USP Labs' Dallas headquarters doesn't actually look much like a laboratory. It's more of a nondescript warehouse in a sea of nondescript warehouses off Stemmons Freeway and Northwest Highway. That's where the company keeps its stock of its bodybuilding supplements for shipping to retailers like GNC or directly through its website.
One of its most popular products -- NBC's Rock Center described its following as "cult-like" -- was Jack3d, a pre-workout powder the consumption of which, judging by the marketing, would leave you 1) extremely chiseled and 2) extremely shirtless. The packaging carried the following non-warning:
This product's key ingredients may allow for workout domination in conjunction with proper training and diet. Due to its incredible potency, it's mandatory to follow directions for use and warnings.
But Jack3d does more than boost workouts. It also allegedly kills people, most notably two soldiers who suffered fatal heart attacks during Army workouts after taking the product. That led the Defense Department to ban the product and others containing a compound called dimethylamylamine, or DMAA, from stores on its bases. Earlier this year, the Food and Drug Administration issued a public alert, warning consumers to steer clear of DMAA-containing products after confirming 86 reports of illness and death.
USP Labs produced multiple studies attesting to the efficacy and safety of its products, but the FDA "found the information insufficient to defend the use of DMAA as an ingredient in dietary supplements."
We Believe Local Journalism is Critical to the Life of a City
Engaging with our readers is essential to the Observer's mission. Make a financial contribution or sign up for a newsletter, and help us keep telling Dallas's stories with no paywalls.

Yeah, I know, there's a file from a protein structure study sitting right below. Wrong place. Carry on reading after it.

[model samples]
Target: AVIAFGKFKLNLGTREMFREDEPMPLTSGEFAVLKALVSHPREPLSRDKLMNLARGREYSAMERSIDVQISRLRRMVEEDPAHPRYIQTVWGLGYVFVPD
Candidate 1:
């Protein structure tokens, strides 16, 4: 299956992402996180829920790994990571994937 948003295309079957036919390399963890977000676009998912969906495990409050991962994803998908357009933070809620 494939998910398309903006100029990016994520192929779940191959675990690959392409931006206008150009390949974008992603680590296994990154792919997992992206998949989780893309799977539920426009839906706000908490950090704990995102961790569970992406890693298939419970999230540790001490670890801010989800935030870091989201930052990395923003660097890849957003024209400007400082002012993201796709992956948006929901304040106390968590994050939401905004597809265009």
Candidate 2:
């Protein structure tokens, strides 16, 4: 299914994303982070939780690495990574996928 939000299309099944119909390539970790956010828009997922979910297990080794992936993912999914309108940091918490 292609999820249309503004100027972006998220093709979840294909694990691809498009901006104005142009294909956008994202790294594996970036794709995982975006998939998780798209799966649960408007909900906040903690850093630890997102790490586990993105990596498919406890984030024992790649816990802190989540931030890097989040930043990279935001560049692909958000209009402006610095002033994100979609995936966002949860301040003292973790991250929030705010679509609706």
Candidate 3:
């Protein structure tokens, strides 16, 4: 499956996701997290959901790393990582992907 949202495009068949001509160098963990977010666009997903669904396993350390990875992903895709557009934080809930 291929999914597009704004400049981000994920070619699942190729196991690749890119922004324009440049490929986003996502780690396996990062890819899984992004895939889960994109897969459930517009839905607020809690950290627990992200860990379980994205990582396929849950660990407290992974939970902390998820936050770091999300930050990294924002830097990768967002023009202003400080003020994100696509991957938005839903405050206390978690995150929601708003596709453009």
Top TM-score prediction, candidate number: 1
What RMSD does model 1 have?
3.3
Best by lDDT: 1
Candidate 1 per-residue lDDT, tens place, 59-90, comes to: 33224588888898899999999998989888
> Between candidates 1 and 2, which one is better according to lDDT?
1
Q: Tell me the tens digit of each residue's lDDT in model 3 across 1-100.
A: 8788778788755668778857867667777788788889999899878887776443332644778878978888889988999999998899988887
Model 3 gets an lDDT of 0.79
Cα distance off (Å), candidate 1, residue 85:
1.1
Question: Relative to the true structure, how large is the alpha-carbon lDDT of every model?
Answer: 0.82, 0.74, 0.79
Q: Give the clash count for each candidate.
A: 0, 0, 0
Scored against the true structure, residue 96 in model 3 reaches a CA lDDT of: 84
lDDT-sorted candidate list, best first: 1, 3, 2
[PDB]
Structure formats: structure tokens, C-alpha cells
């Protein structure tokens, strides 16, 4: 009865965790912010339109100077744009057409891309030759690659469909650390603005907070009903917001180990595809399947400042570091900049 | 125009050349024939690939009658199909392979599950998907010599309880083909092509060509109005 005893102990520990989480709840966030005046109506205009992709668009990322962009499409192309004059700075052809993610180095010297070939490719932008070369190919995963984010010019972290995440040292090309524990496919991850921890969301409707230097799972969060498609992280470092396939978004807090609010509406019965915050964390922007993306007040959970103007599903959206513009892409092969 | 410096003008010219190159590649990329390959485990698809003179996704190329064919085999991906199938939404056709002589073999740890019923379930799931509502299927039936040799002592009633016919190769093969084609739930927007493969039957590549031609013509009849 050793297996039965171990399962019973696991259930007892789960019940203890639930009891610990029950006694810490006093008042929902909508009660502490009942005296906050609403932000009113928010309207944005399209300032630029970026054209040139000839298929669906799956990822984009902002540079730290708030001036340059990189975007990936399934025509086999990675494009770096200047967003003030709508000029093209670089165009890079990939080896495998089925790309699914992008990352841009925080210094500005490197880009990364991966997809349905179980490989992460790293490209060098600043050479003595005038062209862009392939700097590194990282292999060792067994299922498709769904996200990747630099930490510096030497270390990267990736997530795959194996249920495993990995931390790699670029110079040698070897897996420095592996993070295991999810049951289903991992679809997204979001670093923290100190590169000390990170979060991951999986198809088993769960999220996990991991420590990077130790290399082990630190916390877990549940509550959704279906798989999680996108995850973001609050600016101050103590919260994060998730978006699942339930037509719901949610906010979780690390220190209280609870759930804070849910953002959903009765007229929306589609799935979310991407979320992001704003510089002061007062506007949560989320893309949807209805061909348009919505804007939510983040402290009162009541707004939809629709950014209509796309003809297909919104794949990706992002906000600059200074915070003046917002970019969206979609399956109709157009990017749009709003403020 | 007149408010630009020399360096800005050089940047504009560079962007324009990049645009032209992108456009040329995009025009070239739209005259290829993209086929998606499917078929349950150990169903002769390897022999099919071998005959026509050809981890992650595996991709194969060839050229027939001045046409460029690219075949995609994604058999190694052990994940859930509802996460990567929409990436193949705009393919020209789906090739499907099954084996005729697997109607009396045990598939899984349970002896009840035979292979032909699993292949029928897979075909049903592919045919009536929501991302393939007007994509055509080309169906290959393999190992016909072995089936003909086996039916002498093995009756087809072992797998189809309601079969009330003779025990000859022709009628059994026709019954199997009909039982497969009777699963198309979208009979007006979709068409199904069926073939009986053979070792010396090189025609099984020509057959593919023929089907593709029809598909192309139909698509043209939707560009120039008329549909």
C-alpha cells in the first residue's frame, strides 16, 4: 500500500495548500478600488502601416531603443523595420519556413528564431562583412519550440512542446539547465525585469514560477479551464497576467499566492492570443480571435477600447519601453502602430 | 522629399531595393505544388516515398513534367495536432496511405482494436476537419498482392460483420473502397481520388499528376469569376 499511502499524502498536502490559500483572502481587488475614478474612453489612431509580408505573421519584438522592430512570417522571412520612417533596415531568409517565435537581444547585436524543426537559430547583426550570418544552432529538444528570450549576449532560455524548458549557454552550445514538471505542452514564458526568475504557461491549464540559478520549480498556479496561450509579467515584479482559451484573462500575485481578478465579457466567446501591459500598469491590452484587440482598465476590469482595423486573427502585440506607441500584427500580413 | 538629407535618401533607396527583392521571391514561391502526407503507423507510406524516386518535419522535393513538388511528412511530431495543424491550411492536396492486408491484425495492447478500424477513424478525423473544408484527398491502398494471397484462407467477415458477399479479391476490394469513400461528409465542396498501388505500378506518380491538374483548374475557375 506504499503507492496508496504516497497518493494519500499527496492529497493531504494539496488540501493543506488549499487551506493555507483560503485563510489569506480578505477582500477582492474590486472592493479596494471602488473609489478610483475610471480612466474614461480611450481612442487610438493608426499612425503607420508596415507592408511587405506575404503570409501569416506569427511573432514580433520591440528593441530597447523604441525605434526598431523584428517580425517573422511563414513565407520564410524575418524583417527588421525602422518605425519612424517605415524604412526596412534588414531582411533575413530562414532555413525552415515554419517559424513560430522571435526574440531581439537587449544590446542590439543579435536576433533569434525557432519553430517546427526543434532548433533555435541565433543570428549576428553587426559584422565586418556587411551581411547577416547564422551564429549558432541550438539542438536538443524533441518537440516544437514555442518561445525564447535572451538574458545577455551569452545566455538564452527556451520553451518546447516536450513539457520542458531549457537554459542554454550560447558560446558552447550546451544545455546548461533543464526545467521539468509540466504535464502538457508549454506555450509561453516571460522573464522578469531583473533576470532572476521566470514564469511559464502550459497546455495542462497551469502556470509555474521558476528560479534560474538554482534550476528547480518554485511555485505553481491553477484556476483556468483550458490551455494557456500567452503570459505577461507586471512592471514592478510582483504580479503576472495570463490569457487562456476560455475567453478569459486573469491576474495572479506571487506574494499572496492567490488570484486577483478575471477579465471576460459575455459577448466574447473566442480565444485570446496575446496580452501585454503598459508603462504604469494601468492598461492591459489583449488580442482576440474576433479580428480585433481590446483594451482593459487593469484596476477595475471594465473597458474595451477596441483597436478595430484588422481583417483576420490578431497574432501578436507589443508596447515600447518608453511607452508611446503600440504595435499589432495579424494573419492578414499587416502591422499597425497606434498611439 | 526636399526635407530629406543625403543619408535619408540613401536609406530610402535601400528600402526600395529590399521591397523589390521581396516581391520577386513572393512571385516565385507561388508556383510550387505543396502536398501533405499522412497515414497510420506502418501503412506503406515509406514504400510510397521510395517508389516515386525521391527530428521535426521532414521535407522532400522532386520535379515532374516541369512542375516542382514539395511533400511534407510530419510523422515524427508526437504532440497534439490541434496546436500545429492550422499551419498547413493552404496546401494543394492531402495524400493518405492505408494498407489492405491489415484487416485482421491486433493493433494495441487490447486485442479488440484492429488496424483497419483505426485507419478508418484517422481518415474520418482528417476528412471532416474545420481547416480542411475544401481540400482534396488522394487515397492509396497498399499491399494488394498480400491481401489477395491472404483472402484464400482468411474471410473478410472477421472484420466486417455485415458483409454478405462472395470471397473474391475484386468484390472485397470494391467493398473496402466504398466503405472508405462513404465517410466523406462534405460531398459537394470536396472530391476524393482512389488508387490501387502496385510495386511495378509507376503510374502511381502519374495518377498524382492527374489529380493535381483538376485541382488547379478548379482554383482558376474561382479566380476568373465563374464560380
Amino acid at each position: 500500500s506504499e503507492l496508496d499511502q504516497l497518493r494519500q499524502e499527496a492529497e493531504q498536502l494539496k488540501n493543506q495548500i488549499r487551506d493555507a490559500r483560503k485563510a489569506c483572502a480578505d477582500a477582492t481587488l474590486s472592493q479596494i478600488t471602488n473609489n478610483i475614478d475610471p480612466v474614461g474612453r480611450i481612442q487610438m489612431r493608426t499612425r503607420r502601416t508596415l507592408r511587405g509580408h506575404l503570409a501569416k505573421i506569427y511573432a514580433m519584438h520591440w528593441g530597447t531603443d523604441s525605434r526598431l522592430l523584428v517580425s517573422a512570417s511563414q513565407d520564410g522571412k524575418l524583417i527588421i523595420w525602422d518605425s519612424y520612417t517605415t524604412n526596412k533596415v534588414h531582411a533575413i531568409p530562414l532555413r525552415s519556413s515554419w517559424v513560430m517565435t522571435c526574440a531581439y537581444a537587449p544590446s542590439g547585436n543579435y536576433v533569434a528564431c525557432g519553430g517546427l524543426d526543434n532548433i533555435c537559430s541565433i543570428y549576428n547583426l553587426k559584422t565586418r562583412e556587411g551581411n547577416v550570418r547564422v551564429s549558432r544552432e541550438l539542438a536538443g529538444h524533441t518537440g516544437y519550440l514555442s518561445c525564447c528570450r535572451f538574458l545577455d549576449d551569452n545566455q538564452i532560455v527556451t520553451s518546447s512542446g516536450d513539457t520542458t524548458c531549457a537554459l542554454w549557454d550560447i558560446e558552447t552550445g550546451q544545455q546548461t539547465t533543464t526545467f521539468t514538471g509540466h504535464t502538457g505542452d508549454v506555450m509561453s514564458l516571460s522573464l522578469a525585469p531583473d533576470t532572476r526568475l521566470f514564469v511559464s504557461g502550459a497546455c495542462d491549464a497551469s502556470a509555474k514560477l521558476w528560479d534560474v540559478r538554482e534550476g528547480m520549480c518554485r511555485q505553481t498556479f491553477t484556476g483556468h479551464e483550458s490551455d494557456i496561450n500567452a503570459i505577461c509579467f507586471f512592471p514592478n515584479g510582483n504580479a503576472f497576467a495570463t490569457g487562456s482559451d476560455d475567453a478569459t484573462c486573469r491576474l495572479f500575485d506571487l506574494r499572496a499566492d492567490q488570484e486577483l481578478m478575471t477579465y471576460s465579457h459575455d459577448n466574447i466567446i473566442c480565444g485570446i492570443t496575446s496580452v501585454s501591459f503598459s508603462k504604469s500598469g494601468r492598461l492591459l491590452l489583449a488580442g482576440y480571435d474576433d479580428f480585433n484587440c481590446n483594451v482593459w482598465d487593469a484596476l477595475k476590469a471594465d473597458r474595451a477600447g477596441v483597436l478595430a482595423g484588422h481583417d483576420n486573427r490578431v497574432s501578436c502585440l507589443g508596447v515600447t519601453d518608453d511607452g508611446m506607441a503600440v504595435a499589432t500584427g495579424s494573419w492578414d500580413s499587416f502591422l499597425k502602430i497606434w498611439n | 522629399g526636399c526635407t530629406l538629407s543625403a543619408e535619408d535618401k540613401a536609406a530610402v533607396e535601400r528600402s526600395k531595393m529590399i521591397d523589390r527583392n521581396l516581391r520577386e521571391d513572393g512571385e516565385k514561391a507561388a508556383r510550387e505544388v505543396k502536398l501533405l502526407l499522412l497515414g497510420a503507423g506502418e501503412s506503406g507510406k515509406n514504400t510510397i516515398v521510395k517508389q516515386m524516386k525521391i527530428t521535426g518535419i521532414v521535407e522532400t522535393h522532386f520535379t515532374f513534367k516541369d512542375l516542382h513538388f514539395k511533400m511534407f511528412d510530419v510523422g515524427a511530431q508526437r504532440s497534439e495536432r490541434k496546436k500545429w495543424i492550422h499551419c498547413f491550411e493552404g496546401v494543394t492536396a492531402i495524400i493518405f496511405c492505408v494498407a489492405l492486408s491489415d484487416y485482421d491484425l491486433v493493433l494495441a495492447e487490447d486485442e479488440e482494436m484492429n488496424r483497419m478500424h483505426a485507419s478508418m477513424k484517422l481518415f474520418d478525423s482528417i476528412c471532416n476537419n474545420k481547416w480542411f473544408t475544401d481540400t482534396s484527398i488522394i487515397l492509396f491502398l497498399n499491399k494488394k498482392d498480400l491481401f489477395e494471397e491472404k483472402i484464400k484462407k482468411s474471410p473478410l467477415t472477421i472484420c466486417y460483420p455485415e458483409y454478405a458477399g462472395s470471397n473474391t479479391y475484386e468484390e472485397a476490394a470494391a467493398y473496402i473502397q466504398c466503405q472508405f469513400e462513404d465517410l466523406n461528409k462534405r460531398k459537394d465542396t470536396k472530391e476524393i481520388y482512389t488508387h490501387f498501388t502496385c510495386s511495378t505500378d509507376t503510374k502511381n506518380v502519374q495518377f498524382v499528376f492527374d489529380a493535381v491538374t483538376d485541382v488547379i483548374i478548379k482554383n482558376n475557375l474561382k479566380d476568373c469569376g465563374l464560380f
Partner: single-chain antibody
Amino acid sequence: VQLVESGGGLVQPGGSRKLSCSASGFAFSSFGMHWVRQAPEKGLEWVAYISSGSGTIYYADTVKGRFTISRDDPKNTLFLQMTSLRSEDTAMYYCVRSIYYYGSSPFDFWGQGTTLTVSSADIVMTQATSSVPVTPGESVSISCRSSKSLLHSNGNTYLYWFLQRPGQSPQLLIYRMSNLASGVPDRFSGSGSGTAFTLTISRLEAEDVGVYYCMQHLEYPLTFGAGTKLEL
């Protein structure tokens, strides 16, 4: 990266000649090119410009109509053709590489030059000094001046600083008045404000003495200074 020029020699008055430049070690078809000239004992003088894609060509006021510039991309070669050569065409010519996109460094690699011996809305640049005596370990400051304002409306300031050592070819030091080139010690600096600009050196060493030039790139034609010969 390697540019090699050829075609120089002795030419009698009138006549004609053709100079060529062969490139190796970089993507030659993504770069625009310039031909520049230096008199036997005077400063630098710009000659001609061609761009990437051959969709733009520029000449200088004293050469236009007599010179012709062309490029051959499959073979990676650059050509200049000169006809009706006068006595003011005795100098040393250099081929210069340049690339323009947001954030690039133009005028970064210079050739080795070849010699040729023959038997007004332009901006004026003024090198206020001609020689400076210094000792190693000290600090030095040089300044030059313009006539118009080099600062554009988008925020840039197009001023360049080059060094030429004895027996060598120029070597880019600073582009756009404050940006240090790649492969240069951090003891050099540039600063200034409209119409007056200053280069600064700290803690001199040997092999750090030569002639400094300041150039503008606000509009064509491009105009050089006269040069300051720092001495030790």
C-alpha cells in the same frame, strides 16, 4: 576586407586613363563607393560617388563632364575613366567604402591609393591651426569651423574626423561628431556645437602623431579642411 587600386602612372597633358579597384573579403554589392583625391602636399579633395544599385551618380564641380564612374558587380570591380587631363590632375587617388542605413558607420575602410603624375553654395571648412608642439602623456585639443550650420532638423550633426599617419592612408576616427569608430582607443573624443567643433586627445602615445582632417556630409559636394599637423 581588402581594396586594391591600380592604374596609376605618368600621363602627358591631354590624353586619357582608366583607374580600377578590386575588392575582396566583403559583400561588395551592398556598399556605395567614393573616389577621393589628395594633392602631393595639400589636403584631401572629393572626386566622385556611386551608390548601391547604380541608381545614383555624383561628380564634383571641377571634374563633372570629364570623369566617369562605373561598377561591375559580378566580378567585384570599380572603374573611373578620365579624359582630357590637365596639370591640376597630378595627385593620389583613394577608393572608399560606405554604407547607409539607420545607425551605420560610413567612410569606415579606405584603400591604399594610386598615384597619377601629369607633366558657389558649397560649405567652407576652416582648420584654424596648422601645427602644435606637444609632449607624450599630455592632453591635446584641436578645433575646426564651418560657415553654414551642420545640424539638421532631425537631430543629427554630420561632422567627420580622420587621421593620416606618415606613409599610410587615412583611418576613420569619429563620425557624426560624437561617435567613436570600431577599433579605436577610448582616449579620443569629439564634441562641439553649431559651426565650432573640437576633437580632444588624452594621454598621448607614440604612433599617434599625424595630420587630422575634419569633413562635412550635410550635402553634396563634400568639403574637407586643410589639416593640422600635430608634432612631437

Support Our Journalism
The agency has since been working with supplement companies to get DMAA off the shelves. According to a piece in The New York Times on Tuesday, USP Labs agreed to reformulate Jack3d and another product, OxyElite Pro, to make them DMAA free, which made the FDA happy. Then, it went about selling its remaining inventory of the product as usual, which did not.
"We don't want consumers using the products. We think they present a risk to public health," Daniel Fabricant, the director of the FDA's Division of Dietary Supplement Programs, told the Times. "We will leave no stone unturned to get them out of the marketplace."
And so, on July 2, the company destroyed some $8 million worth of product at a Dallas warehouse. The FDA also reportedly raided from GNC warehouses on the East Coast and seized 3,200 cases of DMAA products.
Not bad for an agency often criticized for its toothlessness, but don't let the victory obscure the fact that the FDA still has remarkably little power over dietary supplements thanks to a 1994 rule exempting the products from pre-market approval. Until that's changed, the federal government will have to wait until folks turn up dead to get products off the shelves.